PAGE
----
• And more — take some time to think about how you could best leverage your eBook. What are you trying to do with it? What will be the best method to achieve your goal?

What form could my eBook take?

What you include in your eBook will depend on what you’re trying to achieve with it. I’ll list some broad approaches and describe how they could be useful.

  • Digital book — the most traditional form of eBook, the digital book, is usually upwards of a hundred pages and presents itself as the kind of book you might buy at a bookstore. Unleashing the Ideavirus, for example, is 197 pages. This type of eBook is your best bet at going viral or being widely circulated because it packs a lot of value. This type of eBook will typically be broken into chapters on particular topics and contain more than one idea. While it has the potential for the greatest gains, it is also obviously the most time consuming option.
  • Manifesto — this type of eBook is less time consuming to create but also retains the potential to go viral because it focuses on communicating one idea in 1 to 25 pages. A great example of a manifesto-style eBook is Tim Ferriss’ The Low Information Diet, at 16 pages. What is your best idea? Your number one tip? It may just be the perfect idea for a manifesto. Here’s another example, this time written for bloggers: Killer Flagship Content. That one is 17 pages.
  • Bonus or archived content — if you’re a blogger or webmaster you could create a bonus content eBook. This simply involves packaging a quantity of new content in an eBook rather than publishing it on your site. You could use this as an incentive to subscribe or encourage readers to distribute it freely.

How do I make an eBook?

The best format for an eBook is PDF. These files best re-create the effect of reading the pages of a book on screen.

You can create PDF files directly with Adobe Acrobat if you’re lucky enough to have access to the program.

This is a $0 budget guide, however, so I want to suggest some free resources we can use to achieve the same effect.

If you have Microsoft Word I’d recommend creating your eBook in .doc format. If you use a different Word processor you can create your eBooks in .rtf format.

These can be converted to PDFs with the help of some free online programs, but first, let’s discuss formatting.

Number and link

Ideally, the footer of each page in your eBook should be numbered and contain a link to your web presence, your logo or your name. Your choice will depend on what your eBook is designed to promote.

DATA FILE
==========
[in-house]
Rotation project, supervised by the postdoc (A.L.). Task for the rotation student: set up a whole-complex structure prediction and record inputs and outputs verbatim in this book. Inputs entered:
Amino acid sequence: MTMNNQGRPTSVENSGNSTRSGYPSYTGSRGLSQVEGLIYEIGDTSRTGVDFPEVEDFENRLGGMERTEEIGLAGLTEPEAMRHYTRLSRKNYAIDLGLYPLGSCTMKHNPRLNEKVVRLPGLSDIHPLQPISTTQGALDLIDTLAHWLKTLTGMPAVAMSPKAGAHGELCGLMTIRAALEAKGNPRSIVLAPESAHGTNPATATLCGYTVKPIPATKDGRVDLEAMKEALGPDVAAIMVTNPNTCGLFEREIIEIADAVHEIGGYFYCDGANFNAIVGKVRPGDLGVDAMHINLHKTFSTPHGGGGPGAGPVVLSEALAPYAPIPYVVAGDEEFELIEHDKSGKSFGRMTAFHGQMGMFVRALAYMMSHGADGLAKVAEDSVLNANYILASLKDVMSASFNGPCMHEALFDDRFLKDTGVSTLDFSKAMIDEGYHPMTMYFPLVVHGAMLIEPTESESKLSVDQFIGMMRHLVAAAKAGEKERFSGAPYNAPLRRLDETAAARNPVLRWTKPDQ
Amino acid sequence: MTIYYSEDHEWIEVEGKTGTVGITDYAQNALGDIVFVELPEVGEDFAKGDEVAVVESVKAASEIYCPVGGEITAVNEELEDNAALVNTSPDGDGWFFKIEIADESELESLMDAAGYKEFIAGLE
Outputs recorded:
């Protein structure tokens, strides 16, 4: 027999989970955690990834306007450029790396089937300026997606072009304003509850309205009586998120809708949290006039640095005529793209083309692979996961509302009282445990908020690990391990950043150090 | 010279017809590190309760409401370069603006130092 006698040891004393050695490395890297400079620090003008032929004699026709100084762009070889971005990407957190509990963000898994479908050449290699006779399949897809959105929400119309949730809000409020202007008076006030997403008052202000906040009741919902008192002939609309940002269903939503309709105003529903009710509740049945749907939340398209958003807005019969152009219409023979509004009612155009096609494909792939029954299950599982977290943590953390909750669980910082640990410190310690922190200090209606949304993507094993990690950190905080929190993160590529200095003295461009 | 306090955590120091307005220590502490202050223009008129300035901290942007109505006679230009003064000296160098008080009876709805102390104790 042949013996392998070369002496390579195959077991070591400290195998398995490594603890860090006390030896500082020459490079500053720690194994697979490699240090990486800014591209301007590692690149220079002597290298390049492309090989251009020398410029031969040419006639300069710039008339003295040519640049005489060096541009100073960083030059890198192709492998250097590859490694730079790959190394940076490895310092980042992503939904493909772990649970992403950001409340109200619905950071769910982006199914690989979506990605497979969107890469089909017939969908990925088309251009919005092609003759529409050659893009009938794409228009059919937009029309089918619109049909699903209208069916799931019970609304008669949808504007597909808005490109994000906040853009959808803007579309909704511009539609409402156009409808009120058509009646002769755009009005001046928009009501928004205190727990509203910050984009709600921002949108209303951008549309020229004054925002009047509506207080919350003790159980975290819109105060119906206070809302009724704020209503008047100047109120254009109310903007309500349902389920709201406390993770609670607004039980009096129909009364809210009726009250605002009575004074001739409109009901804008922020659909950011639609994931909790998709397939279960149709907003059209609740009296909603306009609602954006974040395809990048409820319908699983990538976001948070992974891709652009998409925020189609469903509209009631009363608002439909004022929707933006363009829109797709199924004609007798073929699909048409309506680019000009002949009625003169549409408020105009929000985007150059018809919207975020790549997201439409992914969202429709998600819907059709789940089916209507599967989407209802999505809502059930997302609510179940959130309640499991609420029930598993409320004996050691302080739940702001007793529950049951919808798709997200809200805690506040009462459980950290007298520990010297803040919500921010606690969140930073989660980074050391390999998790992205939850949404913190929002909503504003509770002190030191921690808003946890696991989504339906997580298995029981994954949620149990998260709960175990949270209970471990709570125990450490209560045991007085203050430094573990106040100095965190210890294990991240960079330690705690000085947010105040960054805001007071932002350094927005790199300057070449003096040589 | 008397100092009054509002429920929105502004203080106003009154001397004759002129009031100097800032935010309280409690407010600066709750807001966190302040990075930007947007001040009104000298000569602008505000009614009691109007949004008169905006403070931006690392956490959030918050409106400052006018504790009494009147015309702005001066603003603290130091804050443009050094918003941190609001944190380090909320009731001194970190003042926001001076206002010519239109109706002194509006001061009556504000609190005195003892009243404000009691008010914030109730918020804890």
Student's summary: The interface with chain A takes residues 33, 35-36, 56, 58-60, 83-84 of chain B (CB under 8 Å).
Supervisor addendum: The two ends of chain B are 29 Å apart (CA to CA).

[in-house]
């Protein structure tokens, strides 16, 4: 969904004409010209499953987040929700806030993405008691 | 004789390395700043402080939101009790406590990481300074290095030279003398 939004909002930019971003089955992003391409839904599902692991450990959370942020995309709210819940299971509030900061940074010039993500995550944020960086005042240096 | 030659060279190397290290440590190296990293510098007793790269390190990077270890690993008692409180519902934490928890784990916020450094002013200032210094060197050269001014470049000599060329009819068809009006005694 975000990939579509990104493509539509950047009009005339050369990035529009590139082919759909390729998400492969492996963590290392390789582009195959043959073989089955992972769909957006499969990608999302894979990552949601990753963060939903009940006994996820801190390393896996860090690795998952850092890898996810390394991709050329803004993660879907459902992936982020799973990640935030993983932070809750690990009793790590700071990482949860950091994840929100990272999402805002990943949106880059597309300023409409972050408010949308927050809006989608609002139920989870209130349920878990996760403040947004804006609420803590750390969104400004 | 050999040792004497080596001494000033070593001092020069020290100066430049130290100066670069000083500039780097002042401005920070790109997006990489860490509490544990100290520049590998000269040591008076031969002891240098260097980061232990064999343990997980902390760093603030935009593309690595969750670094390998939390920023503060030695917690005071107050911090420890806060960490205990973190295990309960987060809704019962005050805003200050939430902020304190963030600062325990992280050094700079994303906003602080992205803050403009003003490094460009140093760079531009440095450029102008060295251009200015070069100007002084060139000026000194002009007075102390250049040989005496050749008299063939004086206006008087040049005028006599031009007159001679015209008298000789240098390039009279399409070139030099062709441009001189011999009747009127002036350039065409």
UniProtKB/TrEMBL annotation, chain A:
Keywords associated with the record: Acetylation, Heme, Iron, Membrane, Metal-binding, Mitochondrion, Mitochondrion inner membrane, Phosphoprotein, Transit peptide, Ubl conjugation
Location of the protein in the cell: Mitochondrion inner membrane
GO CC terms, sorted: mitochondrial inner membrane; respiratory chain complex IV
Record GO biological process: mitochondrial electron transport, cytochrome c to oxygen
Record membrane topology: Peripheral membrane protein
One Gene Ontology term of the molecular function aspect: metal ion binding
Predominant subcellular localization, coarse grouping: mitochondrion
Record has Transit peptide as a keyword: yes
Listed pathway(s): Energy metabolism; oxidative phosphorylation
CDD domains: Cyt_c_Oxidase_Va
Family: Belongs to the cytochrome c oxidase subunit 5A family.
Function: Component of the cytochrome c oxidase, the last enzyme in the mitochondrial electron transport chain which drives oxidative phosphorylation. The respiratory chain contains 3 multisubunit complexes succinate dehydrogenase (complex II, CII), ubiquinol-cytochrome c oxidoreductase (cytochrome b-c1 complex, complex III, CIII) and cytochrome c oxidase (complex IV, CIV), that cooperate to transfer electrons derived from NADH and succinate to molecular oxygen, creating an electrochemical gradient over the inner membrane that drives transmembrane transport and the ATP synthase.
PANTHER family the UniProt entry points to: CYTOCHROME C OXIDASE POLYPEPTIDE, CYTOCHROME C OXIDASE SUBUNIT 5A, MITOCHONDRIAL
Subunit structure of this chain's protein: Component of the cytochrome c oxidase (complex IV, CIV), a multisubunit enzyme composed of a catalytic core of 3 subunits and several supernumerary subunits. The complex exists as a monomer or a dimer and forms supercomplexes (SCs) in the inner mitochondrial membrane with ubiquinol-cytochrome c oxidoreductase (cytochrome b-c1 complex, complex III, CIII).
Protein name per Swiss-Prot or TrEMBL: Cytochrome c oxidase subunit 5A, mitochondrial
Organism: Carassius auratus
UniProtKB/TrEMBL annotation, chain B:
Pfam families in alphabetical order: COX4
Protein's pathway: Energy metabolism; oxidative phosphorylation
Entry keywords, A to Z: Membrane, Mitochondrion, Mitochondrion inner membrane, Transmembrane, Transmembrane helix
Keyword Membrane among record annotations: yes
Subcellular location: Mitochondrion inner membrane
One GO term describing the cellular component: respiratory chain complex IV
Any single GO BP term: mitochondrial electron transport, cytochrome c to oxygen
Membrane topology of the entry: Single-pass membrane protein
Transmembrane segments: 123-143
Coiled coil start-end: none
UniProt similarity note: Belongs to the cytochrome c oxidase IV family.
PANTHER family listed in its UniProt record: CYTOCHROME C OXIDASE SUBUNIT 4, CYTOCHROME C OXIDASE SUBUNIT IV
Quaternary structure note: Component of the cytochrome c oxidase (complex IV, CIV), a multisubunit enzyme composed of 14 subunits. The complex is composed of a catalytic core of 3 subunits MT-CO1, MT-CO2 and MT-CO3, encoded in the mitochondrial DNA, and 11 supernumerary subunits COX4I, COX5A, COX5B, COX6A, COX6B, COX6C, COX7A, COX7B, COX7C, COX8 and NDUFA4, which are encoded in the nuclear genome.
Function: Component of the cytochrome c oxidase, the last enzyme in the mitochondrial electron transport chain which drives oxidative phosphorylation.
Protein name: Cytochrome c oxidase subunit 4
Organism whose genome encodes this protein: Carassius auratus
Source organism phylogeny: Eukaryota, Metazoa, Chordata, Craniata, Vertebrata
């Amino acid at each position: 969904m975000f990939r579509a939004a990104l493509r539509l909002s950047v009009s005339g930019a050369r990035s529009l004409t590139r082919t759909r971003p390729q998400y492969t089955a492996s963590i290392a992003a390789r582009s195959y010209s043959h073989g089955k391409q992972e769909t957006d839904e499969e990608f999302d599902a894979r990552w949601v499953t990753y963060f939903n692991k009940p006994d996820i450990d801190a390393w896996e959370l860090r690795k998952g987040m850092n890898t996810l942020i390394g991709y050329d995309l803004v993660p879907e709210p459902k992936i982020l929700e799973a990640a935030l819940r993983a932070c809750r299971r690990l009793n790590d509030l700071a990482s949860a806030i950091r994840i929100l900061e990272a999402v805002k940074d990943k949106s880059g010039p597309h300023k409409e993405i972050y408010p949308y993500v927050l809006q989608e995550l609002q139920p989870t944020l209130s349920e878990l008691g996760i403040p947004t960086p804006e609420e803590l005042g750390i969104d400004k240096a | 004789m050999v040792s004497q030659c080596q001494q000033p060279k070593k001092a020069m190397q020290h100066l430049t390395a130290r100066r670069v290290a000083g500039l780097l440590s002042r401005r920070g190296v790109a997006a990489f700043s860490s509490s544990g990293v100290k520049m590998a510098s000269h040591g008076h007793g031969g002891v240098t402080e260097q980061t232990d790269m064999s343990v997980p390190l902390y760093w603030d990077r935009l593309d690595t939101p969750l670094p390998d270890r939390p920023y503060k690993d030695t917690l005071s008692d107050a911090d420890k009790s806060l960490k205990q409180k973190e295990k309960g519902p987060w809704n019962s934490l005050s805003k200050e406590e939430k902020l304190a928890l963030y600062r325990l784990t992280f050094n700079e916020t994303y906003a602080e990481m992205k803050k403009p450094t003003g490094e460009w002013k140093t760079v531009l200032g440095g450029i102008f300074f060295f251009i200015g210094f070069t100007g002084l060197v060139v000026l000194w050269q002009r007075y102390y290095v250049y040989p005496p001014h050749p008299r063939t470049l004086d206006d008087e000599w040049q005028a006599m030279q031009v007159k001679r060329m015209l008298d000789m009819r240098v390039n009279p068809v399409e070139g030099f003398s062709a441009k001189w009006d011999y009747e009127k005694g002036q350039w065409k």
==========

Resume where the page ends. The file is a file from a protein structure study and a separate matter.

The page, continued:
Make it visually interesting

One advantage to the eBook format is that printing costs aren’t an issue. You can use slick fonts, colored headings, photographs, and other items to add visual interest, but keep in mind that detailed elements like images will increase the download size of your eBook.

Read a little

Download good eBooks and look at paperback copies of books you think look good. Write down what you like best about the formatting and try to emulate that in your own work. Don’t be afraid to use chapters, sub-headings, introductions, and so on.

Craft it

Most of us like the idea of publishing a best-selling book, if only in the realm of fantasy. I’d recommend taking the presentation of your eBook as seriously as you would a potential best-seller. Readers will notice (and appreciate) the care you’ve put into what you create.

If you’re not a Word Processing genius…

If you’re not sure how to translate your vision into reality it’s worth gathering the skills required to do so.

Try to locate specific sources of information as you need them, rather than wasting time learning about features you may not need.

If you want to know how to add a footer to each page, for example, Google what you want to do and the Word Processor you’re using (ex: “add footer to each page in Open Office”).

In most cases this will be enough to answer your question. If not, try searching for a general guide/tutorial directory for your Word Processor of choice.

Here are some example tutorials for Microsoft Word.

Edit, edit, edit

Unlike a blog post or web-page you can’t re-edit an eBook to your heart’s content. Once people begin to download and share copies of your eBook you can’t exactly ask them to give it back in exchange for a fixed copy.

It’s essential that you get it right the first time.

  • Rigorously edit what you’ve written. Draft, re-draft, check spelling, check grammar. Let your eBook sit for a week and come back to it with fresh eyes. Print it out and carefully go over the paper copy. Sometimes things you missed on screen will be glaringly obvious on paper.
  • Enlist the help of others. Give it to family and friends to read through. They will likely notice some errors you missed. They can also tell you which bits were unclear to them. If your eBook isn’t targeted at the average person you could instead share it with some trusted friends or readers who are within the target demographic for your book.

Convert your document to .PDF

Once you’re confident that you’ve created a solid final draft you can start to think about converting that into the finished product.